Love at first sight?

By Danica Allen, Ph.D. and Dirk Moersdorf, GfK

Conversations with consumers predict product success

In today’s experience economy, consumers are bombarded with new experiences every day – proposals for new products, new services, and new consumption models – to improve their lives. In a world that promises compelling experiences, fast-moving consumer goods (FMCG) brands struggle to deliver against these aspirations in a way that has a real effect on targets.

The field of market research is slow to adopt the behaviors of the present, digital generation. Traditional survey design remains exactly what it is – traditional. As researchers, many continue to impose feedback mechanisms and structures that – given today’s technological capabilities – are foreign to consumers. To be sure, people use words and conversations to express their attitudes and preferences, not marketing research scales.

In their widely-recognized book Built to Love, Boatwright and Cagan (2010) emphasize how crucial consumer emotion is for successful product creation. The authors demonstrate that the payoff of emotion as a lever of new product success is more than linear. In our exceedingly noisy world, consumers are constantly bombarded with new offers. As a result, consumers largely filter all they see and hear. A bit of love and excitement can capture the attention of consumers, and have a significant impact on sales.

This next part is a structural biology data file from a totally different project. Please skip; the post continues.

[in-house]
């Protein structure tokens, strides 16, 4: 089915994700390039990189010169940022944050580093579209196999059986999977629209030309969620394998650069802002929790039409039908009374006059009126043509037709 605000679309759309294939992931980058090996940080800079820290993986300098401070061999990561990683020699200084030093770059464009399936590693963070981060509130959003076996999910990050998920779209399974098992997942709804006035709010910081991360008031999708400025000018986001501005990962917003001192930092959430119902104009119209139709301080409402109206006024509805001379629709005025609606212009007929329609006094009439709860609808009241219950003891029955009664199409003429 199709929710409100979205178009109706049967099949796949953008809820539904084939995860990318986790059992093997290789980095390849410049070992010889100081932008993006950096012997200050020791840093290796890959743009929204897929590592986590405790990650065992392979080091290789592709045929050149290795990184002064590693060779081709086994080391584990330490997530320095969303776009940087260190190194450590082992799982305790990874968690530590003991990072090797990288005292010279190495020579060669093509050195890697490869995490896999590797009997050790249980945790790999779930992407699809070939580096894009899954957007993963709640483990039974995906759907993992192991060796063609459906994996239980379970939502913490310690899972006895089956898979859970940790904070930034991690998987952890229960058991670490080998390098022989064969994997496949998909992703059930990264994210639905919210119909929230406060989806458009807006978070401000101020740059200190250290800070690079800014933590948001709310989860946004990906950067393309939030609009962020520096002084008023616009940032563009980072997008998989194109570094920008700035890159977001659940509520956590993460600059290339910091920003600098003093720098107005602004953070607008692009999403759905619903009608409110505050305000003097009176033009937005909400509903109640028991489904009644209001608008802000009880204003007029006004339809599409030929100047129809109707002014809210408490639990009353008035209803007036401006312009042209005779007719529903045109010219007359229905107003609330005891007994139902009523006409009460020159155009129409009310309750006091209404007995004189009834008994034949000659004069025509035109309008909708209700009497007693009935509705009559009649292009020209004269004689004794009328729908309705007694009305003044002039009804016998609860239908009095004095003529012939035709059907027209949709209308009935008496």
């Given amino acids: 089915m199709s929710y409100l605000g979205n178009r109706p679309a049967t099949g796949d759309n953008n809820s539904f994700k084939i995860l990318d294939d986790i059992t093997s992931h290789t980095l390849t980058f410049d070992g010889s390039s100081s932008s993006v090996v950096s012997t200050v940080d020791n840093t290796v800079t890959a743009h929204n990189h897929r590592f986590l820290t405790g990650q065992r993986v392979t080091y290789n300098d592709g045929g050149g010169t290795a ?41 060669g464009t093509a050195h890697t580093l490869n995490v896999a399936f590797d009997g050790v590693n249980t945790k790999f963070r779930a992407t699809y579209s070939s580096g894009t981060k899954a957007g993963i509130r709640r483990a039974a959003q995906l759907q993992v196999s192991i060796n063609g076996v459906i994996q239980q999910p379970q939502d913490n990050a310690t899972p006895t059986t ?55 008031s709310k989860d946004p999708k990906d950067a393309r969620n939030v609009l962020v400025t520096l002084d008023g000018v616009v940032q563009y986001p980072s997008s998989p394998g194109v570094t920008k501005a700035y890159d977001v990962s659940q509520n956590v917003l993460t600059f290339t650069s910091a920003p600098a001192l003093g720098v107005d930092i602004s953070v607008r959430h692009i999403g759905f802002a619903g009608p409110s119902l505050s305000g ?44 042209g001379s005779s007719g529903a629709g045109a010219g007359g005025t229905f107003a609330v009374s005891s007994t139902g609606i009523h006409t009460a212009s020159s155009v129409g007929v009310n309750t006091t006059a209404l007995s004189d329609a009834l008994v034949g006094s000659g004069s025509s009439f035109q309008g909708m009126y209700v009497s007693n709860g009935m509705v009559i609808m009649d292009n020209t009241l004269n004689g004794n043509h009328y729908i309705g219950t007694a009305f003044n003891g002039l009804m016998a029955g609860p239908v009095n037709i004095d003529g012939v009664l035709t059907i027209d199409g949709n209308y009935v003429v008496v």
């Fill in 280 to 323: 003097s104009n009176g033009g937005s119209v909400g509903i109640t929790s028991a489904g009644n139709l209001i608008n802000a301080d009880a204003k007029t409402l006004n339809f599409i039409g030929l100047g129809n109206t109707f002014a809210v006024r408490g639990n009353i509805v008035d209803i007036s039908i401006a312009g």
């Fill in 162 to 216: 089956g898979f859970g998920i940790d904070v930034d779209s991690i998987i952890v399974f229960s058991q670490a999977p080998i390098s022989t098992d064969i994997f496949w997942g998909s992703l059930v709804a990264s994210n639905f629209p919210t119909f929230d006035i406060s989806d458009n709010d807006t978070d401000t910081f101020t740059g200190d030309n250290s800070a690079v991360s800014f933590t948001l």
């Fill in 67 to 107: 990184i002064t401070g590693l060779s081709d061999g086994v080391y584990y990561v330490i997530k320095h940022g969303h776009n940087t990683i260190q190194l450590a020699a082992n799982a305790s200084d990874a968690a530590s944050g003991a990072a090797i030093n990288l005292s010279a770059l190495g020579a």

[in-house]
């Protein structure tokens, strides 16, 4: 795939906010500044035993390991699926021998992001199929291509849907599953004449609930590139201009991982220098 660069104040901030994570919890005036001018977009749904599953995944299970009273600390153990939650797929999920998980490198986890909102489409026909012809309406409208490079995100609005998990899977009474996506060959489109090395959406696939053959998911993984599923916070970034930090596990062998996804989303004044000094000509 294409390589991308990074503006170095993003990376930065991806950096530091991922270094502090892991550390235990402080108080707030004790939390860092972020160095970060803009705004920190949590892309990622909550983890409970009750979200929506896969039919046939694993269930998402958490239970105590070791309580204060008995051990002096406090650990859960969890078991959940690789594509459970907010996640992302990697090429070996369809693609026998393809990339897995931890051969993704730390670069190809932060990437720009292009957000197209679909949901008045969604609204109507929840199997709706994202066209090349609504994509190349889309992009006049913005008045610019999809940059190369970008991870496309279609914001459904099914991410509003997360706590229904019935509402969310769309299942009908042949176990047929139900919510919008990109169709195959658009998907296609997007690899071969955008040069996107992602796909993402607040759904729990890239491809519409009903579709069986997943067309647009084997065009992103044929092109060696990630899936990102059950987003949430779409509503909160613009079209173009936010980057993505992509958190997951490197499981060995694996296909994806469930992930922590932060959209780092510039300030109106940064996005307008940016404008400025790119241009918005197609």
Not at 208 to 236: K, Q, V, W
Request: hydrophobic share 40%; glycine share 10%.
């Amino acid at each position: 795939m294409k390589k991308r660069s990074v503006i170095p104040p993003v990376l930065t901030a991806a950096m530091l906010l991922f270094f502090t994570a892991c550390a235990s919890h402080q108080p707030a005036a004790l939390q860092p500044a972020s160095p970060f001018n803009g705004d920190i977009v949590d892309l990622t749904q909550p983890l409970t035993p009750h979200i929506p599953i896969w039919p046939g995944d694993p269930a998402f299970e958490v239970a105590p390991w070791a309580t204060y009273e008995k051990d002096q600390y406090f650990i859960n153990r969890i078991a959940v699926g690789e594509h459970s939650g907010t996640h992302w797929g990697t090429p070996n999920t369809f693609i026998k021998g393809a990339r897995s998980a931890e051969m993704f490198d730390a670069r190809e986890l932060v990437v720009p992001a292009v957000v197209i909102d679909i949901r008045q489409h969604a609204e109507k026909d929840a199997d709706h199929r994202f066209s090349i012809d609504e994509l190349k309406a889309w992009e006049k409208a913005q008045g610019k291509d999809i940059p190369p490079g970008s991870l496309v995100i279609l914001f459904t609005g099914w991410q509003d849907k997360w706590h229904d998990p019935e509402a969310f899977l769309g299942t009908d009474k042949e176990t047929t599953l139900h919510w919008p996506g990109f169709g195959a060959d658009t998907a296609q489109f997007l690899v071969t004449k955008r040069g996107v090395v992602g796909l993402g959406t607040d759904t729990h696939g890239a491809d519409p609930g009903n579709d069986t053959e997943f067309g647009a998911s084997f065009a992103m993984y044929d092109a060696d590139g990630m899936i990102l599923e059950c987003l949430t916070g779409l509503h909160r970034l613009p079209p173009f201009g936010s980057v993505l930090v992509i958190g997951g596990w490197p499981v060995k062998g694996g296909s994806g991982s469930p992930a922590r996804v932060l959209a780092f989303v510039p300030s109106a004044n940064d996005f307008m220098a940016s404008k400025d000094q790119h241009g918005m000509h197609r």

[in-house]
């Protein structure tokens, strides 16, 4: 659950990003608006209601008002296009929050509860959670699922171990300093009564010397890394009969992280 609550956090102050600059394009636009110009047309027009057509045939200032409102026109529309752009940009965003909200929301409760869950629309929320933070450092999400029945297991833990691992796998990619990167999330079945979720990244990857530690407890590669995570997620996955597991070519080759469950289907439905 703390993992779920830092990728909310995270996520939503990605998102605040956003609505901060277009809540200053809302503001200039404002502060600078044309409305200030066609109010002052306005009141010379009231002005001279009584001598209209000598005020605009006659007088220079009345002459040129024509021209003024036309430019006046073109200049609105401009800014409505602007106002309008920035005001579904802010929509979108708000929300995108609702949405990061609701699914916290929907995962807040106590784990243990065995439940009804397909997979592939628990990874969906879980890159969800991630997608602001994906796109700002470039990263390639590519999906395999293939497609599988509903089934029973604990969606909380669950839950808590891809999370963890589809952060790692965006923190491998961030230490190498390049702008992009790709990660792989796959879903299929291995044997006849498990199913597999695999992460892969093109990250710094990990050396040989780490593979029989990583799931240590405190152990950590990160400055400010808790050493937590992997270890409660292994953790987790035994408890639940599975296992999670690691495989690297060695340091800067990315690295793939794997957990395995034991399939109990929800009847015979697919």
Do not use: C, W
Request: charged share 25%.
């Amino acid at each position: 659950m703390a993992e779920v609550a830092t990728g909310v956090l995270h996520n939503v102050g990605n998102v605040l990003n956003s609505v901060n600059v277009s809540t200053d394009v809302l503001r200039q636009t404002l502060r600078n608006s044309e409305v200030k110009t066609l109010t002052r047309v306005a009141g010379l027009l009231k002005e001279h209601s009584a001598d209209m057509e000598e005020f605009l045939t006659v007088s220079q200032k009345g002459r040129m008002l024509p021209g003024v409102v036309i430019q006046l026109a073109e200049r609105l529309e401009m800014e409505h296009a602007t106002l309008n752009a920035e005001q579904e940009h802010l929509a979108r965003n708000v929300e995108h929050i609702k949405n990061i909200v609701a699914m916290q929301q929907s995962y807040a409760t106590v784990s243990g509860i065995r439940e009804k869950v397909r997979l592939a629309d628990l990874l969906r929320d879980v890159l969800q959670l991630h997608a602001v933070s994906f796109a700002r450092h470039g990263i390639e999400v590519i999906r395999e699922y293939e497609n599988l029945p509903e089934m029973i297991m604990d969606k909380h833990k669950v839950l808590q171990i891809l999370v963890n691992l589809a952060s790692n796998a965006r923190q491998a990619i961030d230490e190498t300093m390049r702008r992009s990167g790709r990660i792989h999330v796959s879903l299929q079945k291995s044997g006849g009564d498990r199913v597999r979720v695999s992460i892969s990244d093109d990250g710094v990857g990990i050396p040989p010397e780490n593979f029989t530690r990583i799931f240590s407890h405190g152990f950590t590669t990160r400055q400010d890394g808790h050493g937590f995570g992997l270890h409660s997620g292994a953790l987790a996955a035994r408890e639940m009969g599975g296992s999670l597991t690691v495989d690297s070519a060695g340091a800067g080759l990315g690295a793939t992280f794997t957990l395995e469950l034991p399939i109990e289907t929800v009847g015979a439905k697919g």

Brand and product managers are responsible for a pipeline of new products that create sustainable and relevant consumer experiences. Many suspect that traditional ways of testing new concepts and products do not provide sufficient direction for well-founded decisions primarily because of these three factors:

  1. Existing key performance indicators (KPIs) do not adequately measure emotional engagement, therefore falling short in predicting adoption.
  2. Data collection no longer matches the prevailing ways in which consumers interact, and thus is neither sufficiently engaging nor does it collect authentic feedback.
  3. New technologies get us closer to measuring “real” excitement.

Two major technology developments boost our ability to implicitly rather than explicitly measure complex emotions. GfK can now – in a scalable and cost-effective way – measure excitement, and capture spontaneous, more authentic reactions of consumers who are exposed to innovative ideas through three (3) key approaches.

  1. Broad availability of cameras and microphones

The ubiquitous availability of devices with cameras and microphones enables us to capture spontaneous emotions, associations, and behavioral indications that are much more predictive of what people will actually do than their traditional responses to scaled questions.

The use of audio analytics upgrades our KPIs by introducing sheer emotion based on how people verbally express themselves, and the behavioral indications of structured analyses of what people say.

  1. Machine-learning and unstructured data analytics 

The big data trend enables research agencies to generate insights from unstructured data sources. By applying machine-learning algorithms and using interpretative frameworks, vast amounts of data can be interpreted.

For the first time we can interpret what and how consumers verbally express themselves by having open conversations with them. We are now able to understand the ‘what’ and ‘why’ of new product adoption.